NASHVILLE, Tenn. — John Calipari is always quick to remind that one-and-done is “not my rule,” rather the NBA’s. It is significant, then, that NBA commissioner Adam Silver is now openly in favor of changing the rule that has made possible 21 players in eight years leaving Kentucky after just one season.
“I’m rethinking our position,” Silver said in May, before declaring this week that one-and-done is “clearly not working for the college game.”
The most popular alternative seems to be allowing players to once again go straight from high school to the NBA or, if they go to college, wait two years to enter the draft. SEC coaches were torn on that idea Wednesday at the league’s basketball media day, but Calipari was clear.
“I’m going to make everybody mad, so listen closely,” he said, grinning. “I would be whistling and skipping in every practice. I’d have teams for two years. Are you kidding me? The unintended consequence of doing some of this: You’re going to help Kentucky. That will change it. So that ain’t happening. I’m telling you, let’s do what’s right for these kids.”
Both Calipari and his longtime friend, Tennessee coach Rick Barnes, agree that there are a handful of players each year who are good enough and should be allowed to go straight from high school to the NBA — but both worry about what happens to the busts.
Barnes hoped aloud that there will be improved NBA feedback so that players don’t make a mistake they’ll regret for a lifetime. Calipari noted that such a system would put NBA scouts back in high school gyms recruiting juniors, which feels wrong, and send a message to even younger players that they can blow off schoolwork because they believe (often incorrectly) that they’re future pros.
“There’s going to be unintended consequences if we don’t think of these kids,” Calipari said. “The D League is unbelievable, because I have five or six kids in it right now fighting to get back in the NBA. That’s what it should be for. To have a kid out of high school, on his own, getting up on his own when mom was waking him up every single day … I don’t know if they’re built for that. I know we are.”
Calipari said his recruiting pitch would become: Don’t risk toiling in the NBA’s developmental league, which is now called the G (as in Gatorade) League, as a clueless teenager. Instead, go to NBA Prep School, aka Kentucky, and spend two years preparing for the next level while being Big Man on Campus and competing for championships.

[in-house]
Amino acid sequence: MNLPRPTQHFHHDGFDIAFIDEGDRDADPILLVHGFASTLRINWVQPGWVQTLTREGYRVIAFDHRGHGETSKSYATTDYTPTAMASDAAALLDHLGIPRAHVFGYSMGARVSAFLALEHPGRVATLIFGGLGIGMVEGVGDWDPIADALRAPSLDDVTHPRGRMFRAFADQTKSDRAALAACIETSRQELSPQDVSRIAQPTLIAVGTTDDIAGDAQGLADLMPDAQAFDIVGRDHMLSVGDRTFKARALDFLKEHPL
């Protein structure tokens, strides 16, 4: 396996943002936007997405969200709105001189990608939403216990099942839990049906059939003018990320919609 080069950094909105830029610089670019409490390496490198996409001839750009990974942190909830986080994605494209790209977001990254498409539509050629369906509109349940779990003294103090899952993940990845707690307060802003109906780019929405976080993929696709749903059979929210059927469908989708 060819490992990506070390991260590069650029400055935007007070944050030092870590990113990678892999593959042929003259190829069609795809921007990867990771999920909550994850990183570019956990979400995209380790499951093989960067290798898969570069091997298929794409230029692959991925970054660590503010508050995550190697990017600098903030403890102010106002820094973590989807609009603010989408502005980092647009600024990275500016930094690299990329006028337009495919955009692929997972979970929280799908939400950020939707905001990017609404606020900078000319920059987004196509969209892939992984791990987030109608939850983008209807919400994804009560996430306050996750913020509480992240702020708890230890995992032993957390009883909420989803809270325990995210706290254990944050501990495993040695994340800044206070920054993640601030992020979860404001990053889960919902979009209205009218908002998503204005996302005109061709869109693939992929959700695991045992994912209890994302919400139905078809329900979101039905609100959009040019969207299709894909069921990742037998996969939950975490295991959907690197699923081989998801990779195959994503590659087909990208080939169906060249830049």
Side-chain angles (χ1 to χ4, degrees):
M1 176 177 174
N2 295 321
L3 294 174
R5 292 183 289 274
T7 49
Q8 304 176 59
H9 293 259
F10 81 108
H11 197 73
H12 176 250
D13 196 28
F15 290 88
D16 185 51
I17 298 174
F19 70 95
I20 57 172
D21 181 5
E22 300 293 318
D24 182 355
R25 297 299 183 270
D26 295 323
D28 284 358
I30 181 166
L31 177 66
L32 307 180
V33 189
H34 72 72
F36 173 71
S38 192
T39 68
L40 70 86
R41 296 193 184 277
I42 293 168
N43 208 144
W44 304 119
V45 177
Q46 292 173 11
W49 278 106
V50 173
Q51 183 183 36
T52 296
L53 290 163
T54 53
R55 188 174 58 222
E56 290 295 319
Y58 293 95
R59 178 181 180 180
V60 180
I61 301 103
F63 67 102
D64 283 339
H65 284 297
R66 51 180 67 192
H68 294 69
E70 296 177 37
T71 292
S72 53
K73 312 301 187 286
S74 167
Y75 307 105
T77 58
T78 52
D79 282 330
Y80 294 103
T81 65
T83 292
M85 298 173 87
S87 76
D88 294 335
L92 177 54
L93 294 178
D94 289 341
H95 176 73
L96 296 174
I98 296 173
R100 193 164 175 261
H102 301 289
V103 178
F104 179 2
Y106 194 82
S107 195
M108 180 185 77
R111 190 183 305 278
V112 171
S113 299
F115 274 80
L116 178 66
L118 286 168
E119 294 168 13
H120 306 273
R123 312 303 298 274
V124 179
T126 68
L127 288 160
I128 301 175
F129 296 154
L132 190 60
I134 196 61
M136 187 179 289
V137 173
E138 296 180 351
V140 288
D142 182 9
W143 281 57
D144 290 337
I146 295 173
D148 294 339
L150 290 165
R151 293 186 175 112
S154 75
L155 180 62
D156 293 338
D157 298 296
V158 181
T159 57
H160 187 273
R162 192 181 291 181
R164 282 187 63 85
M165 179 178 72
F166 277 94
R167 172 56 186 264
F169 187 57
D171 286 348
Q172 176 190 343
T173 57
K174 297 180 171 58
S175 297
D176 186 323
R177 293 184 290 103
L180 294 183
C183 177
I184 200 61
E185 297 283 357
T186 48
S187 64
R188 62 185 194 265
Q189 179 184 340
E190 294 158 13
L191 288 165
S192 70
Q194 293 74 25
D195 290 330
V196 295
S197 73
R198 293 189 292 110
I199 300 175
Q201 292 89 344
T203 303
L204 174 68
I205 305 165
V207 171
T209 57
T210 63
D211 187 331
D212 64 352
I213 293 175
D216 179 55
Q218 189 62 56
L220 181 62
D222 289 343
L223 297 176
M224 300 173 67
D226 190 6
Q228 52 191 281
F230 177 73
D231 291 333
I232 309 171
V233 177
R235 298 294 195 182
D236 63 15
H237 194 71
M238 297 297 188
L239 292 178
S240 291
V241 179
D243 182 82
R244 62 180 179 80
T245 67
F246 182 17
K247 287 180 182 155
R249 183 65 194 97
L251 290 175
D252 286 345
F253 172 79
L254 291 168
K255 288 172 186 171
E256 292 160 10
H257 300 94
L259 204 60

But his preference is to keep the current system — with a few tweaks. One of his suggestions: identify the 10-20 players each year with legitimate NBA potential and allow them to take out a loan from the NBA to cover their families’ travel to college games.
To the critics who would declare that unfair, saying it creates an uneven playing field?
“Stop it,” Calipari said. “We don’t use that word any more. There is no such thing as a level playing field. We went to the Power 5 (conferences). We can do stuff if it’s all based on what’s right for these kids. If you send high school kids to the D League, how many will make the NBA? It’s probably 2 or 3 percent. What do we do with the ones that don’t make it? Tell me. Let’s not throw all this out. Let’s figure out a way to tweak this.”
Mississippi State coach Ben Howland, who coached several pros of his own at UCLA, including NBA all-stars Russell Westbrook and Kevin Love, disagrees with Calipari.
“I think it’s likely [one-and-done] will be done,” he said. “I’d be shocked if it’s not changed here in the near future. What I would love to see and I think it’s the right thing to do: Let them go out of high school, but if you’re going to come to college, you’ve got to stay two years. That’s the right thing for the game and the right thing for the culture of basketball.
“I think kids should be able to go right out of high school, but then if they don’t, OK, let’s don’t make a mockery of going to college for one year.”
But what of all the delusional young players who believe they’re ready to make the NBA jump and fall flat?
“I think the pendulum, when they do make this rule, will sing to a bunch of guys coming out that shouldn’t come out,” Howland admits, but “then it’ll swing back.”
Barnes, who coached an eventual NBA MVP at Texas, doesn’t think anything about that guy’s path was a mockery.
“People ask me that question all the time: ‘Don’t you think guys should stay in school two years?’ And I say, ‘Well, I tell ya, I coached a young man by the name of Kevin Durant that, after his first year in college, he left and he made $27 million.’ I said, ‘I know for a fact I would tell my son to take the same deal — and I don’t know of any parent that wouldn’t do that,’ ” Barnes said.
That’s an argument Calipari makes annually as the face of the one-and-done era. He is open to change and insists that he, the game’s most charismatic coach, and Kentucky, one of its all-time powerhouses, will thrive under any set of rules. His battle cry is this:
“Going forward, are we going to make this better for these kids?” Calipari said. “If the NBA is worried about the NBA, that’s it, and the NCAA is worried about the NCAA, that’s it, and each university is only worried about themselves and their own thing, we’re probably not going to get it right.
“But [we can] if we all sit back and say, ‘How do we make this right for these kids?’ ”